Deferral of the Excess Business Loss Limits
The Tax Cuts and Jobs Act (the 2017 Tax Law) provided that net tax losses from active businesses in excess of an inflation-adjusted $500,000 for joint filers, or an inflation-adjusted $250,000 for other covered taxpayers, are to be treated as net operating loss carryforwards in the following tax year. The covered taxpayers are individuals (or estates or trusts) that own businesses directly or as partners in a partnership or shareholders in an S corporation.
The $500,000 and $250,000 limits, which are adjusted for inflation for tax years beginning after calendar year 2018, were scheduled under the 2017 Tax Law to apply to tax years beginning in calendar years 2018 through 2025. But the CARES Act retroactively postponed the limits so that they now apply to tax years beginning in calendar years 2021 through 2025.
With this postponement, you may want to consider amending any filed 2018 returns that reflected a disallowed excess business loss (to allow the loss in 2018), as well as any filed 2019 returns that reflect a disallowed 2019 loss and/or a carryover of a disallowed 2018 loss (to allow the 2019 loss and/or eliminate the carryover).
Note that the excess business loss limits also don’t apply to tax years that begin in 2020. Thus, such a 2020 year can be a window to start a business with large up-front-deductible items (for example capital items that can be 100% deducted under bonus depreciation or other provisions) and be able to offset the resulting net losses from the business against investment income or income from employment (see below).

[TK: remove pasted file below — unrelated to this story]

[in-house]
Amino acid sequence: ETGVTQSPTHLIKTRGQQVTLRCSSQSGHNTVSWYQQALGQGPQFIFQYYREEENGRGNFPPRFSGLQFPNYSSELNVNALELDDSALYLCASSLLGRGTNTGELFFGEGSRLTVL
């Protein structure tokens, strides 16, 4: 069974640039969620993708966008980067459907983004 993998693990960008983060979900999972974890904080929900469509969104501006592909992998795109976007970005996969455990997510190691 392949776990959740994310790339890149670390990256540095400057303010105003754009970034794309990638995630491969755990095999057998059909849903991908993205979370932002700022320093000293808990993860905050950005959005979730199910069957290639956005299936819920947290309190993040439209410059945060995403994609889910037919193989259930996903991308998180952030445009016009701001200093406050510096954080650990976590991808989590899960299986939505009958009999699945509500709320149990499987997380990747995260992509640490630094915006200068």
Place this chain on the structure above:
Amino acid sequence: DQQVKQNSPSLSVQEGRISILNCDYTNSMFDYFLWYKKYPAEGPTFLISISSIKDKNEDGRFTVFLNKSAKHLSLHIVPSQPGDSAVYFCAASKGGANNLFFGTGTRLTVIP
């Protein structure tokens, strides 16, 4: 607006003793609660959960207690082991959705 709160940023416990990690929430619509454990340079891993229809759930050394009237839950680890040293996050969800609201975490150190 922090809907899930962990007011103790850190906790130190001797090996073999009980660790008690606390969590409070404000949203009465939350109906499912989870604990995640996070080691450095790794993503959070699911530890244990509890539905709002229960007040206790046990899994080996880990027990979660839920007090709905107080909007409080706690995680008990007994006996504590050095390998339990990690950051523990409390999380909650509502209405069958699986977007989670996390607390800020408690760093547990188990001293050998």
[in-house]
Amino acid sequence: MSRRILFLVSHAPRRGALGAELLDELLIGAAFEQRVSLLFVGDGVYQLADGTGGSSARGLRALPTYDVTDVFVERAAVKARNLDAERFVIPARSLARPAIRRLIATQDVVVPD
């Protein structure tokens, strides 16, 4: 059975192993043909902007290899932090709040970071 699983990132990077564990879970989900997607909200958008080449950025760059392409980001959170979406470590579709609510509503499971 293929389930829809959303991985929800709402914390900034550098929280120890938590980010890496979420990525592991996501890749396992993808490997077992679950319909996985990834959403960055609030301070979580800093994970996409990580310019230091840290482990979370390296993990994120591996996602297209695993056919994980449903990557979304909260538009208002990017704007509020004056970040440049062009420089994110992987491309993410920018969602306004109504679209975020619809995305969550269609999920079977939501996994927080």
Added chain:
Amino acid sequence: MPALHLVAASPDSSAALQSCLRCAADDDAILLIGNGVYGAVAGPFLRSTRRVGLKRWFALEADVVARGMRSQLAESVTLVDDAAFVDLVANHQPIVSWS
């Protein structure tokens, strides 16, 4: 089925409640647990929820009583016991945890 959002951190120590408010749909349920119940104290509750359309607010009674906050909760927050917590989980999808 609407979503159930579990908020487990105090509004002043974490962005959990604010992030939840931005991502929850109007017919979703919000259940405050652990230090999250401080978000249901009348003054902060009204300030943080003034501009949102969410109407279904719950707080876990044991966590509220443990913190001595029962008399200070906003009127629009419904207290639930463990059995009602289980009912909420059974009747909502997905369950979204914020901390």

Changes to the Excess Business Loss Limits
Most importantly, the CARES Act clarified that deductions, gross income or gain attributable to performing services as an employee aren’t taken into account in calculating an excess business loss. This means that excess business losses can’t shelter either net taxable investment income or net taxable employment income. Be aware of that if you are planning a start-up that will begin to generate, or will still be generating, excess business losses in 2021.
Another change provides that an excess business loss is taken into account in determining any net operating loss (NOL) carryover but isn’t automatically carried forward to the next year. And a generally beneficial change states that excess business losses do not include any deduction under Code Sec. 172 (NOL deduction) or Code Sec. 199A (the qualified business income deduction that effectively reduces income taxes on many businesses).
And because capital losses of non-corporations can’t offset ordinary income under the NOL rules:
- Capital loss deductions are not taken into account in computing the excess business loss, and
- The amount of capital gain taken into account in computing the loss can’t exceed the lesser of capital gain net income from a trade or business or capital gain net income.
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